Cognitive Futures in the Humanities Conference (1-4th July 2018) in association with the Centre for Cognition, Kinaesthetics and Performance.
Building on the conferences associated with the network Cognitive Futures in the Humanities in Bangor (2013), Durham (2014) and Oxford (2015), Helsinki (2016) and Stony Brook (2017) the 2018 conference aims once again to bring together a wide array of papers from the cognitive sciences, philosophy, literary studies, linguistics, cultural studies, critical theory, film, performance, theatre and dance studies, the visual and sonic arts, musicology and beyond.
Michael Chekhov Technique in the Twenty First Century: New Pathways
Roanna Mitchell is currently co-investigator on the multi-institutional project Michael Chekhov Technique in the Twenty First Century: New Pathways. This project explores how Chekhov’s technique can be used in a 21st Century context, beyond its commonly known use in the interpretation of dramatic literature. The research practice draws on the rich archival materials describing the work of the Chekhov Theatre Studio at Dartingon Hall, and is being undertaken in six strands:
· Devised Theatre and Catalyst Direction
· Collaborative Writing
· Theatre Design
· Voice and Singing
· Movement Training and Dance
· Community Contexts, Drama Therapy, Psychotherapy and Health Contexts
Within this project, Roanna’s research and practice focus on current applications of Chekhov technique in movement training and dance. She is exploring the influence of 20th century dance practitioners on Chekhov’s own work, and identifies reasons why his psychophysical approach may be able to solve the current gap in training performers for work that exists in the crossover between dance and theatre.
Roanna’s chapter on the subject will be published in the forthcoming publication Michael Chekhov Technique in the Twenty First Century: New Pathways (Bloomsbury Methuen Drama 2018), edited by Dr Cass Fleming and Dr Tom Cornford.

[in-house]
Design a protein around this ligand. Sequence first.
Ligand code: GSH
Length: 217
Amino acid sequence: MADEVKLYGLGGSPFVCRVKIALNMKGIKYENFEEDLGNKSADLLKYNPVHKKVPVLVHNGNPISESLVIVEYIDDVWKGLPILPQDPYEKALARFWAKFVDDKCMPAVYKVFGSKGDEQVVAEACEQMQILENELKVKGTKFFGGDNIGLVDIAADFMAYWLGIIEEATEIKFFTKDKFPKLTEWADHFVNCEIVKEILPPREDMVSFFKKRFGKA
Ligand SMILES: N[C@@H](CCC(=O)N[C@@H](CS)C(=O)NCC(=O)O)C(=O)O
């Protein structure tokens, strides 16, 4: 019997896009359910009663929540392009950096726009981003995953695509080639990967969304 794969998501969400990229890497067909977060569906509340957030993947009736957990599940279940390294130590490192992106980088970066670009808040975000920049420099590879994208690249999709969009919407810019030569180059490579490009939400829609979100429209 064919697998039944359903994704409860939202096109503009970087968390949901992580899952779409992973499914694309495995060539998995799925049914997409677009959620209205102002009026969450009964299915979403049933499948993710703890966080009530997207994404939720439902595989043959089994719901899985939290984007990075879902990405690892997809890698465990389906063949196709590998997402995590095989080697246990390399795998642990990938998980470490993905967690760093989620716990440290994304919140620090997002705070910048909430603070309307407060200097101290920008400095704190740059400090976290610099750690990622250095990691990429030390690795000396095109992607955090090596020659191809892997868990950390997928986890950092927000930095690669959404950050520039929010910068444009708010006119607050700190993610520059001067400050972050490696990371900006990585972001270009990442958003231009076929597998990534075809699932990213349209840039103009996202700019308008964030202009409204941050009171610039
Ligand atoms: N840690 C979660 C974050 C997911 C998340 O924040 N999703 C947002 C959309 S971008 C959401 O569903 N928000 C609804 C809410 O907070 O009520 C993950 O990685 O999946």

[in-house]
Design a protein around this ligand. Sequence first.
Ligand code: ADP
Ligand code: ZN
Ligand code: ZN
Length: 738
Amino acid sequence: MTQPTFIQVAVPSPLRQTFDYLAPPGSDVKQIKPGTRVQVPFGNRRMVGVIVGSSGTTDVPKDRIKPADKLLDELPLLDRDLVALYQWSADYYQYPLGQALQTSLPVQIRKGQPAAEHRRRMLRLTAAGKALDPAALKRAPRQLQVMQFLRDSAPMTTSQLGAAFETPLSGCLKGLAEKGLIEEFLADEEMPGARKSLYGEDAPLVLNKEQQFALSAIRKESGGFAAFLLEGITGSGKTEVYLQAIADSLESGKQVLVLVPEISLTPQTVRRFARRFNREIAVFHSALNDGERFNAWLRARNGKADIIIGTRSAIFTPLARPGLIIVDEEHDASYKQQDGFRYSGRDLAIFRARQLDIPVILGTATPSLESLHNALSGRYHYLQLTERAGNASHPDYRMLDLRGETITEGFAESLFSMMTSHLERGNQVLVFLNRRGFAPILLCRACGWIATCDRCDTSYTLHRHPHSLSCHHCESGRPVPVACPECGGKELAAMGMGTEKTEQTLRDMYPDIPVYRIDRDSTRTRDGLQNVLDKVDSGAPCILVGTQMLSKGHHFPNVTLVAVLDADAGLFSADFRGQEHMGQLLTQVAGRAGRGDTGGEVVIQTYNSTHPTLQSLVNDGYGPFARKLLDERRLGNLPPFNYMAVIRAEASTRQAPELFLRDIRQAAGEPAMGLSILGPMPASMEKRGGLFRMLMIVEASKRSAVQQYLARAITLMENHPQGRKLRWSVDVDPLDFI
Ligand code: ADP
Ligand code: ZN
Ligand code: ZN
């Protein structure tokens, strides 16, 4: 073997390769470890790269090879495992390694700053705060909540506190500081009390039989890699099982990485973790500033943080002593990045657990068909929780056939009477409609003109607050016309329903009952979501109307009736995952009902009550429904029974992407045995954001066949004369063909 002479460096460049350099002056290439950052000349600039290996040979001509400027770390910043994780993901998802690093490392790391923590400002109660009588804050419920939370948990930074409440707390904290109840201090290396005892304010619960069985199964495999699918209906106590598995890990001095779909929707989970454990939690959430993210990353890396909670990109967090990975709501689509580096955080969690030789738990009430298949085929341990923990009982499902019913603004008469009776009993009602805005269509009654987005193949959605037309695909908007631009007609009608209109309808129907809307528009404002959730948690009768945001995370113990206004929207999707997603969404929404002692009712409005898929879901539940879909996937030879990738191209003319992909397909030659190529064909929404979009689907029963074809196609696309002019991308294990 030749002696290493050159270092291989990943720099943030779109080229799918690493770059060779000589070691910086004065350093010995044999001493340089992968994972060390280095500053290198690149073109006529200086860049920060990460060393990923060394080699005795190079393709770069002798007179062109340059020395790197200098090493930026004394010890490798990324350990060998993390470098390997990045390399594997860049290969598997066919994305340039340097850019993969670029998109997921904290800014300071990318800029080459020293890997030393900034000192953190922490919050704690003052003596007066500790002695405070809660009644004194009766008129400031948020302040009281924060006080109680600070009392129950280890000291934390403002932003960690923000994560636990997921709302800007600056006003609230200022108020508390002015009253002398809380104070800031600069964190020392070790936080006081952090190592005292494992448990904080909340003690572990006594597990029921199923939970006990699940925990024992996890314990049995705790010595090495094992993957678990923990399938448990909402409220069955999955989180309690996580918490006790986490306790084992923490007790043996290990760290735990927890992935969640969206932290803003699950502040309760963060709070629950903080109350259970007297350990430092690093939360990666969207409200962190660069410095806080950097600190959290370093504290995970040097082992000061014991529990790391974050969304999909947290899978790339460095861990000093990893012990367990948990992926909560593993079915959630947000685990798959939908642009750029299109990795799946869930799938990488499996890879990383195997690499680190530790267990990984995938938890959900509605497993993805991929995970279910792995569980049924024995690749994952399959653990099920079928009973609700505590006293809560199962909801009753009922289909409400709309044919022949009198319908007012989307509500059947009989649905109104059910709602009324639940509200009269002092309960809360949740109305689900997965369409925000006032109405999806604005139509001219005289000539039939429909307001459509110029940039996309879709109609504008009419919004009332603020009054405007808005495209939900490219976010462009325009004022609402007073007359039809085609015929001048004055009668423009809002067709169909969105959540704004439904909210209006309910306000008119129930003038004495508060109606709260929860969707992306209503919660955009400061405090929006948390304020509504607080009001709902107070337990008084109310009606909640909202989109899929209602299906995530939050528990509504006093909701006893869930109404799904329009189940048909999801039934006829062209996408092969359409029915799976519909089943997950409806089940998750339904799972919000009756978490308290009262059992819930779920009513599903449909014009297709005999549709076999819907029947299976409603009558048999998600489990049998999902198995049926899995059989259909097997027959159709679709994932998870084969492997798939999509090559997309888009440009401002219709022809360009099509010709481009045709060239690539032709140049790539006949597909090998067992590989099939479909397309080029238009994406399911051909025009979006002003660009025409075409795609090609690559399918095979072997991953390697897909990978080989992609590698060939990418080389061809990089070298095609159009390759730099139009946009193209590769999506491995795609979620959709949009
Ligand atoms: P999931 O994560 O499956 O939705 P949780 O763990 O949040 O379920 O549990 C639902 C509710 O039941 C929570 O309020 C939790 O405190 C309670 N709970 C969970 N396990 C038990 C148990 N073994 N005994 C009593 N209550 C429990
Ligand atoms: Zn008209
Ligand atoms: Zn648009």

The New Pathways project has already had significant impact on the practice of theatre- and community/health practitioners across the UK, as will be outlined in a forthcoming report on the work undertaken. The project is generously supported by Goldsmiths, CKP at the University of Kent, The Royal Central School of Speech and Drama, Queen Mary University, and Michael Chekhov UK.
CKP Reading Group (ongoing) A lively group where academics engage with autistic people both through their writings and in person: this reading group is open to everyone but you must commit to attend regularly. For information please contact email@example.com
Applying Shakespeare (9th March 2018) The Shakespeare Institute, University of Birmingham in conjunction with Centre for Cognition, Kinesthetics and Performance, University of Kent and the Guildford School of Acting, University of Surrey
This one-day symposium considers how Shakespeare is used within applied theatre contexts. papers and contributions are invited on Shakespeare’s relation to, for example: learning difficulties; diversity; disability arts; mental health; performance in custodial settings; therapeutic interventions; accessibility; social inclusion; pedagogy; relaxed performances; activism.
Please send 250-word proposals to Rowan Mackenzie, by 18 December 2017. As well as 20-minute papers, we welcome contributions in a variety of formats, for example workshops, performance demonstrations, and posters. Please indicate clearly in your email the name of presenter(s), institutional affiliation(s) and email address(es). Proposers can expect to hear if their abstract has been accepted by 9 January 2018, and registration will open soon afterward. Any enquiries can be directed to Robert Shaughnessy